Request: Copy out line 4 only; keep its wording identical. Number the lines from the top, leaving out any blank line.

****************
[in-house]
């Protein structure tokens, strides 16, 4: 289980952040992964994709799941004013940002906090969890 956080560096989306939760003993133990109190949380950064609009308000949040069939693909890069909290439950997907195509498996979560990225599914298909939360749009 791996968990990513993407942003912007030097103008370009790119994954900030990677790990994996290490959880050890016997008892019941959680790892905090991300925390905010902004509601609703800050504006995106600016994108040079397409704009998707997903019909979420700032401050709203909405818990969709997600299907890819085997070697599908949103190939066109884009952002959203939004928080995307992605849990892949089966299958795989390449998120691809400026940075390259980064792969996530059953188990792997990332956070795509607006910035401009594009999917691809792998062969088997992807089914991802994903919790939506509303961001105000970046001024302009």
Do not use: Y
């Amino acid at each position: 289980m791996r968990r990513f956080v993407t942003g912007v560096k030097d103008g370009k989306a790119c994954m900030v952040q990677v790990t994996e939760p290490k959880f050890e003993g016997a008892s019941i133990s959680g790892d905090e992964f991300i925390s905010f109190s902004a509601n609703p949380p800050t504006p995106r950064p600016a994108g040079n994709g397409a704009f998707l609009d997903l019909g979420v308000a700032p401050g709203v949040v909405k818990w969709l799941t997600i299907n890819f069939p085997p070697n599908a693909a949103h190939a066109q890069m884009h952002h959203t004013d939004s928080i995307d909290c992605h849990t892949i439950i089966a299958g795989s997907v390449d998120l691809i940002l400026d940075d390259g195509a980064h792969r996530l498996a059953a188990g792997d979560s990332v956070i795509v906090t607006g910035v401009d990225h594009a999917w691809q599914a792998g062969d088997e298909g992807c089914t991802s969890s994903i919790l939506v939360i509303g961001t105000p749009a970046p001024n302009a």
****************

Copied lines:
């Amino acid at each position: 289980m791996r968990r990513f956080v993407t942003g912007v560096k030097d103008g370009k989306a790119c994954m900030v952040q990677v790990t994996e939760p290490k959880f050890e003993g016997a008892s019941i133990s959680g790892d905090e992964f991300i925390s905010f109190s902004a509601n609703p949380p800050t504006p995106r950064p600016a994108g040079n994709g397409a704009f998707l609009d997903l019909g979420v308000a700032p401050g709203v949040v909405k818990w969709l799941t997600i299907n890819f069939p085997p070697n599908a693909a949103h190939a066109q890069m884009h952002h959203t004013d939004s928080i995307d909290c992605h849990t892949i439950i089966a299958g795989s997907v390449d998120l691809i940002l400026d940075d390259g195509a980064h792969r996530l498996a059953a188990g792997d979560s990332v956070i795509v906090t607006g910035v401009d990225h594009a999917w691809q599914a792998g062969d088997e298909g992807c089914t991802s969890s994903i919790l939506v939360i509303g961001t105000p749009a970046p001024n302009a």